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August 7, 2008

Summary Misjudgment

Uniloc sued Microsoft for infringing 5,490,216, claiming an anti-piracy software registration system. Microsoft's product activation system was accused. The district court judge granted summary judgment of non-infringement despite concession by Microsoft.

Uniloc v. Microsoft (CAFC 2008-1121) [non-precedential]

Uniloc had wanted the judge to recuse himself after appointing an intern that Uniloc considered favorable to Microsoft. That went nowhere.

Although reasonable minds could very well differ over the propriety of hiring this intern to work on the case given his financial ties, no matter how small the monetary amount, to one of the parties involved, the district court did not abuse its discretion in denying the motion for recusal.

Summary noninfringement hinged on construing ID generation.

Uniloc limits its appeal to claims 12 and 19, contending that the district court erred in concluding that Microsoft's Product Activation system lacked a remote licensee unique ID generating means that includes "the identical algorithm used by the local licensee unique ID generating means to produce the [remote] licensee unique ID," or what Microsoft called the "same algorithm" requirement. Uniloc is correct. The district court erred by concluding that:

Once again Uniloc misses the point: the '216 Patent calls for the same algorithm to be used on both sides as the generating means of matching licensee unique IDs. That is simply not the case in Microsoft's system; its values that might qualify as licensee unique IDs are produced by different algorithms, using different inputs, and hence the resulting licensee unique IDs do not match.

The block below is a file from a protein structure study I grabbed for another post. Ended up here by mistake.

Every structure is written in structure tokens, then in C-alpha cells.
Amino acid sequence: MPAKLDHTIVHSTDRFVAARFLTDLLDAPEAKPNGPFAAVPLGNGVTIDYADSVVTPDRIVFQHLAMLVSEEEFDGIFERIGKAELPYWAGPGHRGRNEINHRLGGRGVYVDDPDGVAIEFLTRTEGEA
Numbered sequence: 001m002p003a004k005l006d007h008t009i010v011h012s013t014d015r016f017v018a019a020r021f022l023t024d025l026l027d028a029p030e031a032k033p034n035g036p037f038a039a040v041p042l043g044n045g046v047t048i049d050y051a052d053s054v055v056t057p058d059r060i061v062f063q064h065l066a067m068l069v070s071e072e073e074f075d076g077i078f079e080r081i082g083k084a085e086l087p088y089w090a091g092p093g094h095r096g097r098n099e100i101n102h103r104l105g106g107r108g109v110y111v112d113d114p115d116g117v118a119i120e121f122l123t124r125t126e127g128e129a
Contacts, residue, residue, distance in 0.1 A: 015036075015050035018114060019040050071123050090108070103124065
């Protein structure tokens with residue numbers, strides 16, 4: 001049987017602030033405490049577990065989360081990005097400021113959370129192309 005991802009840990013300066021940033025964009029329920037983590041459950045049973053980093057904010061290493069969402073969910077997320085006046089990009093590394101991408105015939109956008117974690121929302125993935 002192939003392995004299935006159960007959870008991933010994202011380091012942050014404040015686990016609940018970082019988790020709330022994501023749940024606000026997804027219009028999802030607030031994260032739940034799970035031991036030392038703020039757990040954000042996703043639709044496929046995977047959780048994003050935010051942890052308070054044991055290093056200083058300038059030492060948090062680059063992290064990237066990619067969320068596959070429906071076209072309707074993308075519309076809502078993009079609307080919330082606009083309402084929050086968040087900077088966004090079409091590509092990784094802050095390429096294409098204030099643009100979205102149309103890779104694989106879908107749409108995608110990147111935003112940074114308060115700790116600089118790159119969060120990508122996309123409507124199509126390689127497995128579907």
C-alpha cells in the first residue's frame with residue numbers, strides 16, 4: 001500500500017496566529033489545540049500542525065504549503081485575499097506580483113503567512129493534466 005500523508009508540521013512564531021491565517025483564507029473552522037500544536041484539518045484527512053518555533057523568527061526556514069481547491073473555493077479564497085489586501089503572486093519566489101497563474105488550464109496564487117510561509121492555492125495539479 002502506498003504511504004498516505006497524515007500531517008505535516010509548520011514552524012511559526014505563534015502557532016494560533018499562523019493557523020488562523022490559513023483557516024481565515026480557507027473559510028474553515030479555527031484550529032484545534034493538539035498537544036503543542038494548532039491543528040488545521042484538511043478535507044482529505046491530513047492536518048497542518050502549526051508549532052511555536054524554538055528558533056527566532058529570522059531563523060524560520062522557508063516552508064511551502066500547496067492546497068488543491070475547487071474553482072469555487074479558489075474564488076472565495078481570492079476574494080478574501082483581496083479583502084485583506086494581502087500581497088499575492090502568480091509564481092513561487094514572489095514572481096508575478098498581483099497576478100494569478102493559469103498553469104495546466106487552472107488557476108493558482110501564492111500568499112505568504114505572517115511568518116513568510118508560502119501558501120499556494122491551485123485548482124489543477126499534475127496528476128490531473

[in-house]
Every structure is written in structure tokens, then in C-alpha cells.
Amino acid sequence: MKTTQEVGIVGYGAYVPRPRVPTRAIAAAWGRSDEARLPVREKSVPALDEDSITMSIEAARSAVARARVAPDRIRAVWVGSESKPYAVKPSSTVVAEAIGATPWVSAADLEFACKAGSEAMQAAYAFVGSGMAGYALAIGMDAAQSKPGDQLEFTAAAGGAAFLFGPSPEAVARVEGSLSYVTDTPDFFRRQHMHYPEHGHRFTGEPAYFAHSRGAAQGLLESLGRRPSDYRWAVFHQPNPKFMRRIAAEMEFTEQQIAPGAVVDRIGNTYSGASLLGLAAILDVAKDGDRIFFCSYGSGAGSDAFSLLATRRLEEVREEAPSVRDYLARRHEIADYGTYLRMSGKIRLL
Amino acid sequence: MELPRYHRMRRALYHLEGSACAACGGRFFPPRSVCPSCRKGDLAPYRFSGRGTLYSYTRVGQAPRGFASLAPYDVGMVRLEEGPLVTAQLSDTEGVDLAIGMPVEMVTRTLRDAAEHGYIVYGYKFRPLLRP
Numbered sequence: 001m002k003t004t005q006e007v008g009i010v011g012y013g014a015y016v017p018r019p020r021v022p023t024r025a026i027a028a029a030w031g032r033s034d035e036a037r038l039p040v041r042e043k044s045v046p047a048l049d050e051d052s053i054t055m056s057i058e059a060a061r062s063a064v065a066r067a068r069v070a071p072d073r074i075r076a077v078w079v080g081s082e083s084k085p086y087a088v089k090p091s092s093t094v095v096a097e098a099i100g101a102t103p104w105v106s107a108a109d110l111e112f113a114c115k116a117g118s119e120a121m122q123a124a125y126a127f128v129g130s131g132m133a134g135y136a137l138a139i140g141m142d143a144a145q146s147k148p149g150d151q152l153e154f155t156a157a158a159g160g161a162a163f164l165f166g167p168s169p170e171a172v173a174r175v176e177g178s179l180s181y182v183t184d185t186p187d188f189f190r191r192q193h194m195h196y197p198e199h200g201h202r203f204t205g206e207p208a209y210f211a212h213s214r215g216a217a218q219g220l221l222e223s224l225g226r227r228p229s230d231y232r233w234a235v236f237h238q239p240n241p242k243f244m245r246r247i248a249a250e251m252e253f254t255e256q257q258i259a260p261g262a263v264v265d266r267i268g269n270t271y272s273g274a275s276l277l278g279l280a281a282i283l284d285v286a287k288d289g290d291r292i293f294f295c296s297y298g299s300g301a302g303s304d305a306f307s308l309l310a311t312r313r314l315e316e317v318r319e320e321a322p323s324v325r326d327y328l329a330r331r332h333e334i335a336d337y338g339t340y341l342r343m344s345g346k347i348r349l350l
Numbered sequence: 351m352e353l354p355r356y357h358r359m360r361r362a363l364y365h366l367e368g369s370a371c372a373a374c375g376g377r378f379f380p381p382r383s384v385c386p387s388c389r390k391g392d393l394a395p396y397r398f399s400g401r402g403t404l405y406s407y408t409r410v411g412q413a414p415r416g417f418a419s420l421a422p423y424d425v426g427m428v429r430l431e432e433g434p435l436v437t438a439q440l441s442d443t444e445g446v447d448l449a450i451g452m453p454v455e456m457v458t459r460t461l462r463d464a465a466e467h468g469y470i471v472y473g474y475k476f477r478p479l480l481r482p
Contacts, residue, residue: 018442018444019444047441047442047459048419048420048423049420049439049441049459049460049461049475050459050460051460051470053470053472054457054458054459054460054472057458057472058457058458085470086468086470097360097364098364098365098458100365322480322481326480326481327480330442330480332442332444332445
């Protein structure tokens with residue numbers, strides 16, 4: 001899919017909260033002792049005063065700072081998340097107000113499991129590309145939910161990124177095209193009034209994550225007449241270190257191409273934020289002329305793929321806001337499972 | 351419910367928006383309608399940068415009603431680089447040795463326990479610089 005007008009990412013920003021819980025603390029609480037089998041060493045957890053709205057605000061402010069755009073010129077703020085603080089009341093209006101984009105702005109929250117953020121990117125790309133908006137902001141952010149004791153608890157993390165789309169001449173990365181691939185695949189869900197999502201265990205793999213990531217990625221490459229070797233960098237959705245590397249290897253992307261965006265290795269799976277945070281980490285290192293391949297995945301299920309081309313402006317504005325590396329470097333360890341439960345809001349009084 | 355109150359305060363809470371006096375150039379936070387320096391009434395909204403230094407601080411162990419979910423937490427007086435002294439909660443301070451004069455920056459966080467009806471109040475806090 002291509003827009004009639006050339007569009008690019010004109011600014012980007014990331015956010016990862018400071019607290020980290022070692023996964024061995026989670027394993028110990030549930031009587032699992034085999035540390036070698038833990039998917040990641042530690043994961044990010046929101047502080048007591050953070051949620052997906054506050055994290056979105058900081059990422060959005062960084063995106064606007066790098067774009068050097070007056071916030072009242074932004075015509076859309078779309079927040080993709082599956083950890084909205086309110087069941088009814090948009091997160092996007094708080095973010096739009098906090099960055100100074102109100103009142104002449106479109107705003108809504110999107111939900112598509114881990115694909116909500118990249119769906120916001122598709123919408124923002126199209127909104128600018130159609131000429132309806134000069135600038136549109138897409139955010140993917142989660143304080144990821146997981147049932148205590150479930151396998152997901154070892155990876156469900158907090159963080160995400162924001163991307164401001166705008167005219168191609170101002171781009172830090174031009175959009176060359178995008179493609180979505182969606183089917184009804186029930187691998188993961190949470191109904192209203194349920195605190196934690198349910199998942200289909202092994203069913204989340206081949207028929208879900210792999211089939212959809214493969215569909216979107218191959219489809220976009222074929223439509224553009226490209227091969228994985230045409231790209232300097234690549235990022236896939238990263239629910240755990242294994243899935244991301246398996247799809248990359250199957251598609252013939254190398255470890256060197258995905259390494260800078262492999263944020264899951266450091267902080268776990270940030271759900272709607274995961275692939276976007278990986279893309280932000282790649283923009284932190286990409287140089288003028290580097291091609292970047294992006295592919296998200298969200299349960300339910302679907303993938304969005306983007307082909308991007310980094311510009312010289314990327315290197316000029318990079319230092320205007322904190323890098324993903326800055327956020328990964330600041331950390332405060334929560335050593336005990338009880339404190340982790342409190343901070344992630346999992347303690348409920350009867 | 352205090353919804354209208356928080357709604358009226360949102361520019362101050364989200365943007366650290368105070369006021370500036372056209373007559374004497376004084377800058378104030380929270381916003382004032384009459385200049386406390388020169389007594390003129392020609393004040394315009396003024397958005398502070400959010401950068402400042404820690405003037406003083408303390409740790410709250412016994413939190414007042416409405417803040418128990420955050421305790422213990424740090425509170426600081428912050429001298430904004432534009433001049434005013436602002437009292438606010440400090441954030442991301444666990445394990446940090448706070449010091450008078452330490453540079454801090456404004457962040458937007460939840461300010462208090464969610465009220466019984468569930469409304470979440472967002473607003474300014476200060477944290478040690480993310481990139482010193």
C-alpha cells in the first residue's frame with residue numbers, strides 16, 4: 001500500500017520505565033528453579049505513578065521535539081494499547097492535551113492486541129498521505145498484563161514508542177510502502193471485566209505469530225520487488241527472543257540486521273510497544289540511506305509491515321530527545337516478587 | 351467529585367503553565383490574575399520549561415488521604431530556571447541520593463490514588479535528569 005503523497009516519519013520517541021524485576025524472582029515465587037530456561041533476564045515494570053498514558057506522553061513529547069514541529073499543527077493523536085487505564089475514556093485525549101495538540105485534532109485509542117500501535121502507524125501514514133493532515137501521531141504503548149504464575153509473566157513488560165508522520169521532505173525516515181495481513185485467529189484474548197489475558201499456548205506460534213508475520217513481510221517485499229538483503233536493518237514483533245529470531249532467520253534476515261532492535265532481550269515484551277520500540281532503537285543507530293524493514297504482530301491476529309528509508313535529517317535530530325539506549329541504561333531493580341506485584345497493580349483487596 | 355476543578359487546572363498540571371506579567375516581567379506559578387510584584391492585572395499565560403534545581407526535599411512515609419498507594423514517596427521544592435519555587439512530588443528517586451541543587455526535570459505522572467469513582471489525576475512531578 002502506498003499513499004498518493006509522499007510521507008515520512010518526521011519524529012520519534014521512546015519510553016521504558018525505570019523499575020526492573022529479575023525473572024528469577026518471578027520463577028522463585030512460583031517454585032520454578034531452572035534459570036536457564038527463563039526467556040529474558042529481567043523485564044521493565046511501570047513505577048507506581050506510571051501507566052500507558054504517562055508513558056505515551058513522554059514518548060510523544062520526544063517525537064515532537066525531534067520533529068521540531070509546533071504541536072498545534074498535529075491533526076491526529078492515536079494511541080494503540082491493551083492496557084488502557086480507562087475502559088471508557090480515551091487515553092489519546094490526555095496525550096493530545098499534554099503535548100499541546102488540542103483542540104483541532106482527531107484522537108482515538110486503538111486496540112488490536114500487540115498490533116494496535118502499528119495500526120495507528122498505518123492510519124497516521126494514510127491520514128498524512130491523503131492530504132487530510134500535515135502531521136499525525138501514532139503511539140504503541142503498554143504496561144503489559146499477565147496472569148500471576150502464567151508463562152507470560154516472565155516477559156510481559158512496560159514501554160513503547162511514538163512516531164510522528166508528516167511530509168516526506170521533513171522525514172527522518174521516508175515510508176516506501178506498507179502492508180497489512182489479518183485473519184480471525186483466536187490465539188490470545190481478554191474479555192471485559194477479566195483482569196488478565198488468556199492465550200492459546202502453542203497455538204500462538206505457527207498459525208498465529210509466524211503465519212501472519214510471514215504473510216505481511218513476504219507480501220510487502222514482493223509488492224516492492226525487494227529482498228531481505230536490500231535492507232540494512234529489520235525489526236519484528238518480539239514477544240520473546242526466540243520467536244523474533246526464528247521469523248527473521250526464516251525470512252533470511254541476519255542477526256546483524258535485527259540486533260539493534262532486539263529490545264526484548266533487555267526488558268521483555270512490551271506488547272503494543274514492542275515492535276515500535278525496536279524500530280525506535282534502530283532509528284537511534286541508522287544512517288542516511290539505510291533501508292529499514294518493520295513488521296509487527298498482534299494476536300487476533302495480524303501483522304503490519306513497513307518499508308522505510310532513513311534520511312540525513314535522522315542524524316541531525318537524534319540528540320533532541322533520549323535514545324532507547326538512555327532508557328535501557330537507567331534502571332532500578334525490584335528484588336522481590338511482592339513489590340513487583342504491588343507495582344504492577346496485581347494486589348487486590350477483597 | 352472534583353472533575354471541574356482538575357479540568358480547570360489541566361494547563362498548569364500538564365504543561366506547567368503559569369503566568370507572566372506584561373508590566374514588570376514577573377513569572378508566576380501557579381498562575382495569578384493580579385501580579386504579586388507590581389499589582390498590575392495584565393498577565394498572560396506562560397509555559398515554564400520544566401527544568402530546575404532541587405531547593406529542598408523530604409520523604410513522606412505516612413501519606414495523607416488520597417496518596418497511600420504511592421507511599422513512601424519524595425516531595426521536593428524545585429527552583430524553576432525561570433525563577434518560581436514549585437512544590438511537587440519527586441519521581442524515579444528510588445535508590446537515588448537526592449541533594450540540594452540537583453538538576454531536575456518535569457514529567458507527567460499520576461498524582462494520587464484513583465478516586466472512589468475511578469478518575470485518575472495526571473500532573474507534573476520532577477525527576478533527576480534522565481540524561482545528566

Uniloc USA, Inc. v. Microsoft Corp., C.A. No. 03-440 S, slip op. at 24 (D.R.I. Oct. 19, 2007) (emphasis in original).

Microsoft itself conceded at oral argument that the district court erred in failing to note that Uniloc had indeed pointed to statements from Microsoft's affiants that the same hashing algorithm was, in fact, used both locally and remotely. Oral Arg. at 19:29-31, available at http://oralarguments.cafc.uscourts.gov/mp3/2008-1121.mp3 ("The district court did make that small error."). As pointed out in Uniloc's summary judgment opposition brief and summary judgment hearing arguments, Microsoft's affiants confirmed that the same hashing algorithms are used on both the client and server side of the Product Activation system. See Joint App'x at 1188; 1203. Microsoft also asserted in its statement of undisputed facts that the hashing algorithms in question are used to hash license data, which is created from a combination of the Hardware ID and the Product ID, which is in turn created from the Product Key. Moreover, Uniloc presented evidence that these hash algorithms are used to produce matching license digests based upon the testimony of both its expert and Microsoft's affiants. Given the presence of this evidence, which was extensive and by no means conclusory, summary judgment of noninfringement was improper.

Reversed and remanded.

Microsoft presented "several alternative grounds for affirming the summary judgment beyond those which were reached by the district court. We have considered these arguments and conclude they are without merit."

The ruling was 2-1. Chief Judge Michel dissented, thinking Microsoft's other arguments had merit, particularly that the claimed ID requires user personal information, whereas Microsoft's system does not.

This is the second CAFC case this week where judicial impartiality and competence are forefront, both Microsoft cases.

Posted by Patent Hawk at August 7, 2008 11:01 AM | Claim Construction


Who represented Research at trial and appeal? Did you see the judges order awarding $8.6M to Microsoft for attorneys fees? Wow - all that for pre-trial? I also posted the following on patentlyo.